(AIR), which has its roots as a regional airline, only began operating 737-700s in February 2009. It launched services to Fort Lauderdale last November, initially operating one daily flight from Bogota. It has since expanded its Fort Lauderdale operation to 18 weekly flights and is now serving the south Florida airport from Bogota, Barranquilla and Cali. Nino says its Fort Lauderdale operation will be further expanded to 24 weekly flights later this month after service from Cartagena is launched.

Nino says (AIR) is limited at pursuing further expansion at Fort Lauderdale as it is now fully utilizzing traffic rights available under the Colombia - USA bilateral. The bilateral caps the numbers of flights to Colombia's major destinations including Bogota, Barranquilla and Cali, although smaller cities including Cartagena are "open skies" destinations which Nino says could potentially be expanded.

New York will initially be served with three weekly flights from Bogota. Nino says (AIR) is considering opening a third USA destination in the east coast but for now the focus is on adding routes to Canada and Latin America.

Nino says the west coast of the USA is not an option because such flights would be outside the range of (AIR)'s 737-700s. He says New York is at the airplane's maximum range and (AIR) will have to implement "a small limitation on bags" in order to operate the flight.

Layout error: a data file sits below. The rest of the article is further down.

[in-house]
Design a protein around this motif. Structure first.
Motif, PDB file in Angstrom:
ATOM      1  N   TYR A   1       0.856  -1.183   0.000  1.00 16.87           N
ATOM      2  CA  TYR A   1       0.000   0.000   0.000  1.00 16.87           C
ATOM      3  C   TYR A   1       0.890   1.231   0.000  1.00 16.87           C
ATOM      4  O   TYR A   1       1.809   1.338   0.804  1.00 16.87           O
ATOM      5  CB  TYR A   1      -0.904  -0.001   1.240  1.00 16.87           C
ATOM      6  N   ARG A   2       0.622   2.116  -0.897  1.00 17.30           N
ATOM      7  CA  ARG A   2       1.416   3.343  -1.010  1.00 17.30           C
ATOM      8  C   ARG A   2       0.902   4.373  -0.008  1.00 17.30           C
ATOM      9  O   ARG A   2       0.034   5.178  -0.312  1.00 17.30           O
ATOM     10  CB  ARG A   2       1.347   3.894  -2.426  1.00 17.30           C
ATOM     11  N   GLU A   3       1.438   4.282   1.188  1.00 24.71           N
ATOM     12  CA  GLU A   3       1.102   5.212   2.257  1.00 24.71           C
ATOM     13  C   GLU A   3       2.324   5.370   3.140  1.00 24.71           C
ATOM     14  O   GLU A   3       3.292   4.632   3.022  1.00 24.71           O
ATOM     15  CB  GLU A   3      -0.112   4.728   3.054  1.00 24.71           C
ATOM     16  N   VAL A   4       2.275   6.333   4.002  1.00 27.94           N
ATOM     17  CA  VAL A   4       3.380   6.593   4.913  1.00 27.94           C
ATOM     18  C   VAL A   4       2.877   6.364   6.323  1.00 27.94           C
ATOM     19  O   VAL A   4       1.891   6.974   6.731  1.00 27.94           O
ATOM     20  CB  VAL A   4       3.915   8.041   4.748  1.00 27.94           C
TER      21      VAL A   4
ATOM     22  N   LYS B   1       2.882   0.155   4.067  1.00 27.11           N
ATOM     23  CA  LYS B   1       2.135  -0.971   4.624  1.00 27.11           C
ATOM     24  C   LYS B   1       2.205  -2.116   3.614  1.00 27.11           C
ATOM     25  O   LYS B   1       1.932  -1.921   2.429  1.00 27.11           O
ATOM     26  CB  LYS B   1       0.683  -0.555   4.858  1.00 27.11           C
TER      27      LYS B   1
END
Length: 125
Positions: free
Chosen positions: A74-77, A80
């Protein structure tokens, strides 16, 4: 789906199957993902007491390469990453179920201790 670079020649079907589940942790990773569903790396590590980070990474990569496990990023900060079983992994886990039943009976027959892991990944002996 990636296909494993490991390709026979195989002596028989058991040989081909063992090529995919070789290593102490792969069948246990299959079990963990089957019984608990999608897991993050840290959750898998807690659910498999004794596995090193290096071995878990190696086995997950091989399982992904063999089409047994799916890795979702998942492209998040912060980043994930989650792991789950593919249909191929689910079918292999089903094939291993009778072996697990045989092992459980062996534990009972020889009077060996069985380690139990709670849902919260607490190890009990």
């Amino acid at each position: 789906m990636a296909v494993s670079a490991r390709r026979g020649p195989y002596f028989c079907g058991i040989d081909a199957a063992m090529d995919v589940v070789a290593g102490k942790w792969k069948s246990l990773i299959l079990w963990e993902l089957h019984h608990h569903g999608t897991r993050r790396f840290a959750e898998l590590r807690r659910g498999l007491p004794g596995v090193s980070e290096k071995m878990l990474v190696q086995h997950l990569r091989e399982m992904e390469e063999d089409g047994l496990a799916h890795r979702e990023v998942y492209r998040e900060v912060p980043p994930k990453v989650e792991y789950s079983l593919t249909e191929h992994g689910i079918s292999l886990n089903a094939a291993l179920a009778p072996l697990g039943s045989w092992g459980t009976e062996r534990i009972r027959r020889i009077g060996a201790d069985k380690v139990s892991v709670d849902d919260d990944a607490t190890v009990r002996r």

October 2010: (LAN) Airlines has unveiled plans to acquire Colombian carrier Aires (AIR), only hours after it informed analysts of its plans to exercise its option to buy Colombian start-up AerOasis.

The (LAN) group says it has forged an agreement to acquire 99% of (AIR) for about $32.5 million. It says the deal is subject to regulatory approvals and due diligence, which it estimates will take 30 to 60 days.

(AIR) is currently the second largest carrier after Avianca (AVI) in Colombia's fast-growing domestic market, operating to 27 Colombian cities with a fleet of nine 737-700s, 11 Bombardier DHC-8-Q200s and four DHC-8-Q400s. (AIR) also has a fledgling international network consisting of three destinations which it has been intending to grow dramatically.

(LAN) says (AIR) will become a new (LAN) affiliate carrier, joining the passenger carrier affiliates it already has in Argentina, Ecuador and Peru. (LAN) says if its pending merger with (TAM) (TPR) is completed, (AIR) will also become part of the proposed LATAM Airlines Group.

(LAN) has been looking at entering the Colombian market for some time and in May unveiled plans to tie up with AerOasis, a proposed start-up which has been planning to launch services in Colombia since 2006. The two companies initially said the partnership only included (LAN) providing consulting services and helping AerOasis with the certification process. But in late July, (LAN) CFO, Alejandro de la Fuente told analysts (LAN) was aiming to bring AerOasis into its airline group once the carrier launched operations. De la Fuente, during an analysts call earlier on 27 October to discuss third quarter earnings, said (LAN) was still intending to have AerOasis become part of (LAN) and explained this would be achieved by exercising an option it has to acquire AerOasis.

Given (LAN) is now planning to acquire an established carrier in Aires (AIR), it would seems unlikely it will go forward and exercise its option to acquire AerOasis. In its statement announcing the (AIR) acquisition, (LAN) does not mention its option to buy AerOasis but says its agreement to buy (AIR) "has no impact on the technical support and service consultancy provided by (LAN) to Colombian airline AerOasis in the process of obtaining its operating permit issued by the Colombian Civil Aviation Authority".